Back to the federal deficit, part of the reason it’s risen during the past eight years are Bush’s big tax cuts for the corporations and for wealthy Americans (with the resulting drop in federal revenue intake). This is supposed to allow the wealthy to spend money that will find its way to
ordinary Americans, and will increase everyone’s economic well-being. Some people, of course, call this “trickle down economics” (though Bush Sr. called it “voodoo economics,” as I recall) – and it’s obvious that during the past eight years, that money has not been trickling down to either the average worker or to the federal coffers.
The quote that this brings to mind comes from the 1940 comedy film, The Great McGinty, written and directed by the great Preston Sturges. It stars Brian Donlevy as McGinty, a hustler who is first seen on Election Day, voting for about the 37th time that day. Through his involvement with a political boss (know only as The Boss), he becomes a city alderman, then mayor and finally governor. All the while, he’s taking orders from The Boss, getting involved with kickbacks and other corrupt dealings.
Finally, McGinty realizes that what he’s doing is wrong, and confronts The Boss about stealing money from the people. The Boss then answers him thus: it’s impossible to steal from the people, because whatever you take from the people, you spend it and it goes back to the people.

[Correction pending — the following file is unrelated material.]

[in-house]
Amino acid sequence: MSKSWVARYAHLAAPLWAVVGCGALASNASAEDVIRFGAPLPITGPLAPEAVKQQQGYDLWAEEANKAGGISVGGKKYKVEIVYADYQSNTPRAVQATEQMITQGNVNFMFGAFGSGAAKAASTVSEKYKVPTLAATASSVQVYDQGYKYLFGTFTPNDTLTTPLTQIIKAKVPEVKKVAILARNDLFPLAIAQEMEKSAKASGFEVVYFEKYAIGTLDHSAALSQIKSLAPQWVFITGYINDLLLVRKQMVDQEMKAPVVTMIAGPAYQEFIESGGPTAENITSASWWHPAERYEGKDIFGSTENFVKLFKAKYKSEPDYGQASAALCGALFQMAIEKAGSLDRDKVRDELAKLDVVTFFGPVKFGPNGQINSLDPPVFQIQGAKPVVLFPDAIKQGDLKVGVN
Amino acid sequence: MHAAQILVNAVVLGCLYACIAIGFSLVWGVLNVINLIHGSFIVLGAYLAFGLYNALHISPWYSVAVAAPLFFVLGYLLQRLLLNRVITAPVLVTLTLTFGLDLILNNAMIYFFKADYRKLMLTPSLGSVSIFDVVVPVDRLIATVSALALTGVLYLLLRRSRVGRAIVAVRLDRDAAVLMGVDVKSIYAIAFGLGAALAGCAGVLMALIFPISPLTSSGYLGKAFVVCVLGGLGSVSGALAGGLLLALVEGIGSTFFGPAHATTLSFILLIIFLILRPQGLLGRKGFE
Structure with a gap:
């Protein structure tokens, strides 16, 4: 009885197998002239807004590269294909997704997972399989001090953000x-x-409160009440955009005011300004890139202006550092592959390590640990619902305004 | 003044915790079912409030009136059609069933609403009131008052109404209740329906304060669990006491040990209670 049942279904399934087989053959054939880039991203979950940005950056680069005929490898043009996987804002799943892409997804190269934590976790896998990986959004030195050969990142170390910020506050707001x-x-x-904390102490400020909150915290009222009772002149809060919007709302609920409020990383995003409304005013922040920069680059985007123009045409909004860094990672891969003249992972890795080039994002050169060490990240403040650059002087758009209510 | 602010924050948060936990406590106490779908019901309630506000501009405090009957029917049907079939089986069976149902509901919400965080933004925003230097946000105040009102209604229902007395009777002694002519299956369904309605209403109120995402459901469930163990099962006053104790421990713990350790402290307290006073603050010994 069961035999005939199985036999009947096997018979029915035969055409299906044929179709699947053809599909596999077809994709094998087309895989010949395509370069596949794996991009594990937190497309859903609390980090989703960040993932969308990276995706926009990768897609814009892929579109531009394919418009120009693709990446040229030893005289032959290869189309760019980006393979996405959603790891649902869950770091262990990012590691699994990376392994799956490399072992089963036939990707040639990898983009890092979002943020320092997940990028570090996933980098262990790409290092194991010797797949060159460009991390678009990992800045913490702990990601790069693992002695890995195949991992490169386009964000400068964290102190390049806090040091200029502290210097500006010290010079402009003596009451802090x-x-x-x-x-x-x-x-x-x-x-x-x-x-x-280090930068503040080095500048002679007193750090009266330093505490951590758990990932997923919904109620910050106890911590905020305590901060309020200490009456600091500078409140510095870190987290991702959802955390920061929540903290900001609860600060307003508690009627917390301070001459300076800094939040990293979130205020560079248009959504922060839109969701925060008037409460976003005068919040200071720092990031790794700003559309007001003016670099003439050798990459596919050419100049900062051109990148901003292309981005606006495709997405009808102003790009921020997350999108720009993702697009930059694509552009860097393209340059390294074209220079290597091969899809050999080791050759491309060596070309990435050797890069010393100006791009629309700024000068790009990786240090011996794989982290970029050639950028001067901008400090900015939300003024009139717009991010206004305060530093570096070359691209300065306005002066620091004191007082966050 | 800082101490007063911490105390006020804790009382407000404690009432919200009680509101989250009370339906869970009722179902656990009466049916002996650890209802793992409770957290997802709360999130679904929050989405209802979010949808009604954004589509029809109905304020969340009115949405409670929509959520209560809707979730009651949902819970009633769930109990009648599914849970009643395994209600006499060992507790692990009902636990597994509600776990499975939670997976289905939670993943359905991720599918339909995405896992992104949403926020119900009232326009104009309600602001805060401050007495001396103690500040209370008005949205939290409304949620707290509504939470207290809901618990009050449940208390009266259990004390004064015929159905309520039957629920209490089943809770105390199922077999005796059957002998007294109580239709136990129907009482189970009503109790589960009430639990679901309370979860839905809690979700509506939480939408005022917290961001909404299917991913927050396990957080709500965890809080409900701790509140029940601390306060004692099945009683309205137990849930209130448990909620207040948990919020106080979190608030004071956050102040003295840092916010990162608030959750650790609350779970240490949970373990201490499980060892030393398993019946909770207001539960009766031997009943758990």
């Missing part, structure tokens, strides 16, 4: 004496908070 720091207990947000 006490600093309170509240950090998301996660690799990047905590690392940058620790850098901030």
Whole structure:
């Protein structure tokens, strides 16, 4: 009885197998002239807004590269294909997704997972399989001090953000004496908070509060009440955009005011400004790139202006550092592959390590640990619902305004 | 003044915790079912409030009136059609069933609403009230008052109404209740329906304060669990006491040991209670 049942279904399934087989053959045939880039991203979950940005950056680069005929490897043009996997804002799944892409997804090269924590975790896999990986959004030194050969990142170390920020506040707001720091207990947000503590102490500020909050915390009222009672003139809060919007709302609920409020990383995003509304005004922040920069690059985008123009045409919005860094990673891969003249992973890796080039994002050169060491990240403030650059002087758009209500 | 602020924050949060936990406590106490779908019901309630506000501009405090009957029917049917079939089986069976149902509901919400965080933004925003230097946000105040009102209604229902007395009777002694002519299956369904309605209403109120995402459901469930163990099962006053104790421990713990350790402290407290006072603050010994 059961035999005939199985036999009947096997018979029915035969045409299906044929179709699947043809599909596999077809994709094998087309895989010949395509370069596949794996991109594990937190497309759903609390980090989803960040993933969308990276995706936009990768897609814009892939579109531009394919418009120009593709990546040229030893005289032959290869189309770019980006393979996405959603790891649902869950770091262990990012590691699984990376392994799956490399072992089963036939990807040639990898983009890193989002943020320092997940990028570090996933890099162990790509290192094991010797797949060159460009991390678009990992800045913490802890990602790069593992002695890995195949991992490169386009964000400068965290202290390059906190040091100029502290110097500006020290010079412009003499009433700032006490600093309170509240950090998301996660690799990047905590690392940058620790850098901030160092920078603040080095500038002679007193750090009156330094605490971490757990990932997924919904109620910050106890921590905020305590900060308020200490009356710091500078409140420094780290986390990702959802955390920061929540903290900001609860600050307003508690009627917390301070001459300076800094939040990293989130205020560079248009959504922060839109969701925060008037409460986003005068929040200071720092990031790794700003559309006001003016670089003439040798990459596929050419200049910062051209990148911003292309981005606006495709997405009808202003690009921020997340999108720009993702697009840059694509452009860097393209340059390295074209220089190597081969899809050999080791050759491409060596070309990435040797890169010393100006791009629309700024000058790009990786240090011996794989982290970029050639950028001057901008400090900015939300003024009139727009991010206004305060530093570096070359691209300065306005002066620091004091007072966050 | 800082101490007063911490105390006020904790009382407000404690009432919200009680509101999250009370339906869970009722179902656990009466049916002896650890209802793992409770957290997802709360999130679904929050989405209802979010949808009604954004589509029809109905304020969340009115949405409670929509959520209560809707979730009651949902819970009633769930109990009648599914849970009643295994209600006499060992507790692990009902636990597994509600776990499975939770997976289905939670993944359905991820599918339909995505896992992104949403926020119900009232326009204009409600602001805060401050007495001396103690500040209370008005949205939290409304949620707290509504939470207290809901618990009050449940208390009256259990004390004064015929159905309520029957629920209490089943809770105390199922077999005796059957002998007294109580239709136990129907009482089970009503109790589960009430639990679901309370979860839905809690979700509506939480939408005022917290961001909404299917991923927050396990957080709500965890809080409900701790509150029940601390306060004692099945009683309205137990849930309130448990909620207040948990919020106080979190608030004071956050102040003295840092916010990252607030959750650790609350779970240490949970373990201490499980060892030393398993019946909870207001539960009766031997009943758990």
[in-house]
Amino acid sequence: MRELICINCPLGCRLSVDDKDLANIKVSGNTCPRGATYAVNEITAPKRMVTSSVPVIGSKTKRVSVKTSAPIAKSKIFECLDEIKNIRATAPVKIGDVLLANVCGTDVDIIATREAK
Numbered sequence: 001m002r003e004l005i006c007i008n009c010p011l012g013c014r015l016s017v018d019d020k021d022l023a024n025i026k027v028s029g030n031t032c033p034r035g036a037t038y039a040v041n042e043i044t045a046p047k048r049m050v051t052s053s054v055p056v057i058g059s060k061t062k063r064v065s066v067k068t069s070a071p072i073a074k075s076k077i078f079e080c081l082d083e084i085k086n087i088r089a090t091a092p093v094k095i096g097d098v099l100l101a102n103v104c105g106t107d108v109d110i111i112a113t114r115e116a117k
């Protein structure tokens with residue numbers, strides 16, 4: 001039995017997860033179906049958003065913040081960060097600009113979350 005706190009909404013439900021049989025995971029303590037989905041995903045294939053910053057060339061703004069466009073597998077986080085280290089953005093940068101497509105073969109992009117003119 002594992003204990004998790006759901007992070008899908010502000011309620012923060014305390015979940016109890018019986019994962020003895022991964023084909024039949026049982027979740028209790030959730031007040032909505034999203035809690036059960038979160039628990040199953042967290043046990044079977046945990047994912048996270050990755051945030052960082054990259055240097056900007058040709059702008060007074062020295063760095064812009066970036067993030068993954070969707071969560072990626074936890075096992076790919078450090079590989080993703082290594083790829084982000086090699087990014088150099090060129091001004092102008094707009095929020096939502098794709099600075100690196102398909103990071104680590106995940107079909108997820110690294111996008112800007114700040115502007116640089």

That kind of reasoning doesn’t make sense, and it wasn’t meant to. It was a rationalization by a criminal mind in order to justify his criminal activities – but yet Republicans are asking the American people to believe just that! Still, I think a better way to describe Republican economic theory is through this joke that I once heard:
An old Irishman knows he doesn’t have too long to live, so he goes down to the pub and says to his friends, “I haven’t got much time left, so could you do me a favor? After I’m gone, could you pour a six pack of beer over me grave?”
One of his friends answers and says, “Ay, sure, we’d be happy to do it – but would you mind if we passed it through our kidneys first?”
That, in a nutshell, is Republican economics: the wealthy get to drink the beer, while the rest of us just get pissed on by them.
Finally, in summing up here, I offer this: Sarah Palin told her audience last week that Barack Obama doesn’t think the way they do and that he doesn’t view America the way that they do. Well, as far as I’m concerned, that’s about as ringing an endorsement to vote for Obama as one can get.
Election Day is less than three weeks away, my friends. Things are looking good right now, but I’m still keeping my fingers crossed.